Friday, November 22, 2013

GoogleDocs Spreadsheet for Student Data (and Desire2Learn #fail)

Yesterday, I wrote about spreadsheets as a tool I use for developing content. Today, I want to write about using spreadsheets for student data. I was prompted to do this because I received an email from Coursera that made me laugh: although that company claims to be gathering all kinds of "big data" about their students, I don't see them making very good use of it (see G+ post below with discussion comments).

Meanwhile, the course management system we use at my school, Desire2Learn, does not really give me a way to manage student data either. The Gradebook is sort of like a spreadsheet, yes, but it has none of the functionality of a real spreadsheet. I cannot perform any truly complex/useful filters and searches. Worst of all: I cannot add my own columns to keep track of student data that really is important and useful to me.

So, I create a GoogleDocs spreadsheet every semester where on one page I keep track of my enrolled students and the data I need to be able to access and use. On another page, I keep the waiting list of students seeking to get into the class. What kind of data do I need to keep track of for my students? Here are just what a few of the columns contain:

Real Name. A surprising number of students go by a nickname or use their middle name. There is NO WAY in Desire2Learn to keep track of the name that a student uses; instead, we can only see the "official" name on file. Until I started keeping track of this systematically, I had not realized what a large number of students use a nickname or do not even use that first name at all, choosing to use their middle name instead. I think it's dreadful that D2L does not let them choose a screen name that matches their real name. I cannot even keep track of their real name anywhere in D2L.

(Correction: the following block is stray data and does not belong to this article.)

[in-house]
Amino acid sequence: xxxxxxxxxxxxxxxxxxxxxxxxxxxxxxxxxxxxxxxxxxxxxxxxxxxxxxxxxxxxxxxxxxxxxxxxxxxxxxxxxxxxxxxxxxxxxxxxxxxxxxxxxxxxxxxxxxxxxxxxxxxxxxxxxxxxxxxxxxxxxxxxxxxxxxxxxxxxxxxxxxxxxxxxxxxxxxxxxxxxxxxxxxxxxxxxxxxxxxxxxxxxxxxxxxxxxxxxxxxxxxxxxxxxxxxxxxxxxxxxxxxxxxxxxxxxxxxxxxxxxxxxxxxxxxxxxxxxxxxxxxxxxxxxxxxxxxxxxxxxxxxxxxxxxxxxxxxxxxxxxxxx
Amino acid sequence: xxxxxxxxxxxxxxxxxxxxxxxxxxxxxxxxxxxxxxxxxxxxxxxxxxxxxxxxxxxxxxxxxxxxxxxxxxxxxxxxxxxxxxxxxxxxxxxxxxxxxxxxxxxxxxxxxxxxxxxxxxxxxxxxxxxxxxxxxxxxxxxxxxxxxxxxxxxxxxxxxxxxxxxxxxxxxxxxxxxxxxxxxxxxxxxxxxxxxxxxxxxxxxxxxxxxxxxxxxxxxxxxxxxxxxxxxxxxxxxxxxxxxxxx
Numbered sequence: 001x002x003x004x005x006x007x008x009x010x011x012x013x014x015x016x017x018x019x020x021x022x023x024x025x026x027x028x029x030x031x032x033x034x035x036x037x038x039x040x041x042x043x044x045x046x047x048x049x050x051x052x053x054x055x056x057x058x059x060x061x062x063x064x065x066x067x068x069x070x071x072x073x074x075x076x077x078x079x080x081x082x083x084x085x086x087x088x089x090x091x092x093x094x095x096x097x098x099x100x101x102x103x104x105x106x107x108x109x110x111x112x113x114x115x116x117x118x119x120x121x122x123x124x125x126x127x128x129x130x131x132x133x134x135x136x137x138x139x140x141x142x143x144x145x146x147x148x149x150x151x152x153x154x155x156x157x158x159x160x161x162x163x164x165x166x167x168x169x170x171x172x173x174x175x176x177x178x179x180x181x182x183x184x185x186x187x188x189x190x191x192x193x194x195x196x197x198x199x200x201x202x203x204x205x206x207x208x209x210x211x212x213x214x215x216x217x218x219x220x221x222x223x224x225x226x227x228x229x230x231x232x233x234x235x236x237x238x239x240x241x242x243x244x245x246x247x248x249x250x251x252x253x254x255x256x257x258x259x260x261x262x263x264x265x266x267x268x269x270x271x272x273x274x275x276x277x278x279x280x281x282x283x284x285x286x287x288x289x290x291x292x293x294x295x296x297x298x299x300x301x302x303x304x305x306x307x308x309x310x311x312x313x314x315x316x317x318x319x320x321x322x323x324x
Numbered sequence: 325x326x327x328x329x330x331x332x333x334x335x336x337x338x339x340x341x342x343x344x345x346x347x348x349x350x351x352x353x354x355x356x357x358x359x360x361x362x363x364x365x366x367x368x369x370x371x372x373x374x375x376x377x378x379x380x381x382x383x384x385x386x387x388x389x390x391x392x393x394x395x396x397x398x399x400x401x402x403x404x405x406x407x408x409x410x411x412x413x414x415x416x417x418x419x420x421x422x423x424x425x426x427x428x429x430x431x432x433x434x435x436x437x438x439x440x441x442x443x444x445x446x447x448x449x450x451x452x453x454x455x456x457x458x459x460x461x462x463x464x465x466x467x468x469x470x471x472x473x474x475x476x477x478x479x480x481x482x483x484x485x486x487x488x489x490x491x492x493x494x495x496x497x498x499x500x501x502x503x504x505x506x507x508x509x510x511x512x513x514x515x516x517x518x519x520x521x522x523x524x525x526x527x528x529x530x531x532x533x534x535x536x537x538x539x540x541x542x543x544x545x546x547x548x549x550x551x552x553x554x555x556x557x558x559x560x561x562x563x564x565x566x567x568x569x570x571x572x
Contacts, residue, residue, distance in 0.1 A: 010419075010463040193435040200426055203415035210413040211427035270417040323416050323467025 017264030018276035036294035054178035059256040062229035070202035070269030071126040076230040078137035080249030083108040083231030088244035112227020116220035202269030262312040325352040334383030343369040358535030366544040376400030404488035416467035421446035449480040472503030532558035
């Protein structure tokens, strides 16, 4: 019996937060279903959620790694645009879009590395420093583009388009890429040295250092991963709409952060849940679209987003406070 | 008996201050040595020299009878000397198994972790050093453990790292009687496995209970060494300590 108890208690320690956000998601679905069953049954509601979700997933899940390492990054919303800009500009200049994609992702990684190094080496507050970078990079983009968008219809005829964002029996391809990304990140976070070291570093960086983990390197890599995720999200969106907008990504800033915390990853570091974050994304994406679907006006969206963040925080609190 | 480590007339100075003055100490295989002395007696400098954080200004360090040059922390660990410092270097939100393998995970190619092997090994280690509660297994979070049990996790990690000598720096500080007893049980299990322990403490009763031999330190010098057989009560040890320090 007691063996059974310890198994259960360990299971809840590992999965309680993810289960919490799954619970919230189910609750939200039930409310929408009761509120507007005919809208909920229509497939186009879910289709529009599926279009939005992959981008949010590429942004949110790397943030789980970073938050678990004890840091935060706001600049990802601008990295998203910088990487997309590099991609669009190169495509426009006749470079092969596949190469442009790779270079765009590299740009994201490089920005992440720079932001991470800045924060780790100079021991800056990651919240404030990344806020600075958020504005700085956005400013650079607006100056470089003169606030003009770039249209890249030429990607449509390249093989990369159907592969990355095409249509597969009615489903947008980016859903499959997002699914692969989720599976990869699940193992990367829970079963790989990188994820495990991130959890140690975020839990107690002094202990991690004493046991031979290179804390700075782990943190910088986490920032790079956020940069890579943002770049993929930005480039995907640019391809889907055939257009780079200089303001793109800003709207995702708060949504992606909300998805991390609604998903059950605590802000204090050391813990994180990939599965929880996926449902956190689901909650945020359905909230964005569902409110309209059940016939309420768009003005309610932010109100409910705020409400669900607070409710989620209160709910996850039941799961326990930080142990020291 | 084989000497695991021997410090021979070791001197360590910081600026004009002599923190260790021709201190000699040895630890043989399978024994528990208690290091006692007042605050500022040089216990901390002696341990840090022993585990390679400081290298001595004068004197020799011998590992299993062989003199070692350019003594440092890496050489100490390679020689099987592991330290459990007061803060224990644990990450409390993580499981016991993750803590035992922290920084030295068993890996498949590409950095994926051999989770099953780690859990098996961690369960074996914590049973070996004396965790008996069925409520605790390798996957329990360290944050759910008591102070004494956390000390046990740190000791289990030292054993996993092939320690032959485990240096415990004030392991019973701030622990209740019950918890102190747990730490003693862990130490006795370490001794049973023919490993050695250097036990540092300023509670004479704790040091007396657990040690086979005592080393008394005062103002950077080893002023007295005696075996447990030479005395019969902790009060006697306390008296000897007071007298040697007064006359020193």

Email Address. I keep an email address list here so that I can easily send emails related to data I keep track of in the spreadsheet.

Blog URL. Each student has a blog address. I use and re-use this address for creating a variety of assignments (putting students in blog groups, randomly viewing student blogs, etc.)

Introduction Post URL. It's important for me and for other students to be able to access the introduction posts students include in their blog at the beginning of the semester. I use this for my own quick reference and also to create assignments where students are looking at each other's introductions and commenting on them.

Comment Wall URL. The Comment Wall is one of the most important features of the Ning that I use as my virtual classroom (there is nothing comparable in Desire2Learn, sadly - the profile pages are completely static, with no possibilities for interaction). I use the Comment Wall address for the different assignments where students are interacting with each other via the Comment Wall.

Writing Assessment. In the first week of the semester, students complete a writing assessment. It is very helpful for me to view the results of that writing assessment as I give feedback to students about their writing throughout the semester, especially at the beginning of the semester when I am just getting to know the students individually.

There are lots of other columns also, but they are kind of hard to explain outside of the context of my class and the specific information I do keep track of. And that, I think, is the single biggest problem with all the discussions I hear about "big data," including the self-congratulatory claims that Desire2Learn also makes about offering data-driven teaching tools. As a teacher, I really do rely on data that I collect about my students, but that data is closely tied to my teaching practices. It's not something someone can impose on me from the outside.

In terms of a data tool inside Desire2Learn, I would need something a lot more like the customizable spreadsheet that I currently create manually using GoogleDocs. It's not a huge amount of trouble to create it manually, of course - but some of the data I am manually entering into the spreadsheet is indeed available in Desire2Learn, and there is much more data in Desire2Learn that I would love to use if it were easy to extract... but it's not.

So, as often, I have to say THANK YOU to Google for making my job as an online teacher so much easier to manage. And nope, no thanks to Desire2Learn when it comes to student data. Maybe... maybe... they will someday figure out just how powerful a spreadsheet can be and will let us use the Gradebook like a real spreadsheet. Someday. Maybe.

Post about Coursera and student data below:

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